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Bond author Sebastian Faulks scorns internet culture

29-Aug-2009 • Literary

Sebastian Faulks tried to break with habit and move into the modern age several years ago, but he felt the times were too frivolous. “I couldn’t find enough that interested me,” he told the Telegraph.

Then something odd started to happen in the author’s once-Bohemian neighbourhood of Notting Hill. Instead of sharing a street with potters and publishers, he found himself cheek by jowl with very rich people who worked for Goldman Sachs or Merrill Lynch. Some of them were earning £5 million a year.

What intrigued him was not just these phenomenal sums of money, but that they seemed to be conjured out of nothing, through derivatives, and were unconnected with the normal mechanism of business or industry. “I mean, a friend of mine made £18 million a couple of years ago. I know people who had bonuses of £10 million. Just unbelievable. There was this sense of complete unreality.”

Faulks suddenly had his subject. The financial fantasy world, tilting giddily on its axis, and other alarming disconnections of contemporary life. Screens that have supplanted human communication, the alternative life of chat-rooms, internet information that saps the quest for real knowledge, reality television undermining reality. “We are living in a fractured society,” he says. “Everyone is doing their own thing. I do think this atomisation, to use a vogue word, is a threat.”

Starting in 2005, the best-selling author of Birdsong, Human Traces and Engleby wrote 50,000 words of his novel set in present-day London and then paused to dash off Devil May Care, an authorised sequel to Ian Fleming’s James Bond books. When he returned to the present, three months later, “the world had really changed”. The banking system was about to implode.

“The game was up. The writing was on the wall.” He quickly decided to anchor his book, A Week in December, in December 2007, “the last time people really believed they could go on with the boom for ever” — and to get it out as fast as possible.

Although the bloodless machinations of a hedge fund manager, John Veals, are at the cold centre of it, Faulks’s wider concerns about dehumanisation are explored through almost every other character, including a footballer and a student drawn to the ‘true message’ of Islam. “The sense of unreality in the financial world began to feed into other unrealities,” he explains. “What disturbs me is how increasingly reliant we are on this and this [he jabs at his computer screen and mobile phone]. When I went to France for the first time, aged nine, it was exciting. French fields! A French tree! But when my children go on holiday they don’t really notice the drive because they are texting or tapping. I’m not critical of them, but now everywhere is pretty much the same.”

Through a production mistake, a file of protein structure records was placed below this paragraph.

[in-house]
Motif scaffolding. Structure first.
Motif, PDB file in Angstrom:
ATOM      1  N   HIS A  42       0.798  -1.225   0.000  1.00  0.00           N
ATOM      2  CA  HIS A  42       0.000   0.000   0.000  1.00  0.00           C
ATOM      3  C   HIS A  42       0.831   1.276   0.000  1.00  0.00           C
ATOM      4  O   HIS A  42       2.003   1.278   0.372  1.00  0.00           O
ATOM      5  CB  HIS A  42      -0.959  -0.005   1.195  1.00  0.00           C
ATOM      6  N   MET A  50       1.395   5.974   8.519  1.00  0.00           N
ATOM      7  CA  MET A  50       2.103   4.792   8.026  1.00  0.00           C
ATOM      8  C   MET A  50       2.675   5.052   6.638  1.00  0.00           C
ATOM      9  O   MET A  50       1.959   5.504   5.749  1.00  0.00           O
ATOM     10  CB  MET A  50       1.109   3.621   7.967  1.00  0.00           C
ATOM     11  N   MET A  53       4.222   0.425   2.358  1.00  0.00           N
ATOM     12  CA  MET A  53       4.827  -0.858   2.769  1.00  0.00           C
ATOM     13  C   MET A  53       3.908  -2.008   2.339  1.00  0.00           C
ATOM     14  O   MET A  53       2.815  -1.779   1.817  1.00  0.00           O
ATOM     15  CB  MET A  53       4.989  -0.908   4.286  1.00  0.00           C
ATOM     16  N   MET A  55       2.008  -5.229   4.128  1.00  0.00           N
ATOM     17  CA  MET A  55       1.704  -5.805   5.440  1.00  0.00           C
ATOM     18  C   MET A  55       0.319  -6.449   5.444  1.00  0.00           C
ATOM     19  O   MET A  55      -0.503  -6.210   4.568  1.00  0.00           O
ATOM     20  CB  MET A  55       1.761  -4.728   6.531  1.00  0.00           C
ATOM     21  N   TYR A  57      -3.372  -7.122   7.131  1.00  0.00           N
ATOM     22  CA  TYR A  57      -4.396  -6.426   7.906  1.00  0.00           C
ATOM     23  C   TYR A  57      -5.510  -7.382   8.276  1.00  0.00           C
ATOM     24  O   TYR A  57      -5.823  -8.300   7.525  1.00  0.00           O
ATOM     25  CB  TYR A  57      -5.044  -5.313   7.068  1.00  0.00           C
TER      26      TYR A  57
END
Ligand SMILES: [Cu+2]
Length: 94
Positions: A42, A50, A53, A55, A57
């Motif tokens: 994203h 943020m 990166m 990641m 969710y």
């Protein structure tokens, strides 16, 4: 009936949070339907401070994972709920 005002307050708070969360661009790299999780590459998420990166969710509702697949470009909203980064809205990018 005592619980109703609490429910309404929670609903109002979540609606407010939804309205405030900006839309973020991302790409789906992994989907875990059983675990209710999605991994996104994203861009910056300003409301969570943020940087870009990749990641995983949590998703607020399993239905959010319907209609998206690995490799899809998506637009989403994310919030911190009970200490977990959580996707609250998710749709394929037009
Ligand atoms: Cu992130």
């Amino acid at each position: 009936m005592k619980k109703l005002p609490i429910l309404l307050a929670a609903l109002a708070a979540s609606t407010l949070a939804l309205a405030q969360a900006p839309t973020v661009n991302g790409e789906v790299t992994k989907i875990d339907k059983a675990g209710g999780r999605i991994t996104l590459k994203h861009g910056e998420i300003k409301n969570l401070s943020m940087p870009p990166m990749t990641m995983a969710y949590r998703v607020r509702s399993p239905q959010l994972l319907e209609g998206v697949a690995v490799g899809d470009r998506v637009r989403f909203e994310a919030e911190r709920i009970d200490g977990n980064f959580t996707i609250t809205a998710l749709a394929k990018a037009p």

Seeing his teenage son watch Chelsea on television, while simultaneously playing fantasy football manager on his laptop and texting his friends reinforced his anxieties about the creeping dependency on remote forms of communication.

Towards the end of the book, his potential suicide bomber, Hassan, becomes disorientated on Westminster Bridge and stops for help. Five times he tries to intercept strangers but they are all locked into their private worlds, listening to music or talking into hands-free microphones.

“They were talking to the air. All were listening to voices, talking back, but there were no people.”

For similar reasons, Faulks is ambivalent about the internet. “There is probably a net loss of knowledge inside our heads,” he says. “It worries me but I am trying not to sound despondent. The internet is good for quick checking or buying a pair of shoes but as a repository of deeper thought and wisdom it has some way to go.”

For the author of such a savage portrait of the times, Faulks sounds quite blithe and easy-going. His agreeably mournful face does not seem creased with anxiety. For every darkness he exposes, except perhaps for the psychotic effects of skunk, he has a counterbalance.

Online networking sites and addictive role-play computer games are worrying, but access to knowledge is easier. Not all bankers and hedge fund managers are as rapacious as the inhuman Veals.

“I am just saying: this is where we are. There are quite serious dangers. At the same time, I am not altogether despondent or pessimistic about how this will turn out because we are, if nothing else, an adaptable species.

“I am not preaching, in so far as I don’t have an answer. The only people who have answers are religious people and politicians. I’m neither religious not political. All I am offering is a vague humanistic thing. It may sound soppy to say love is the answer, it is more complicated than that – but it helps.”

The only time his big, bearish frame seems to droop is on contemplating the fuss he caused earlier in the week over his unguarded comments on the Koran as having “no ethical dimension” and being the “rantings of a schizophrenic” – an astonishingly inept reflection of his real position on the Muslim faith.

On Tuesday in The Daily Telegraph’s comment pages, he insisted that he wanted to broaden understanding, not inflame silly prejudices.

He says he researched Islam with just as much rigour as he explored the religion of money. No one reading the book, and seeing his affectionate portrait of a Muslim family, would doubt it.

That is the trouble with writing a contemporary novel packed with contemporary issues. You invite controversy. You do not get sackloads of letters overflowing with gratitude, as he did after Birdsong. You upset people. That is a new thing for Faulks and he doesn’t like it. “I am not the kind of guy who wants to upset people.”

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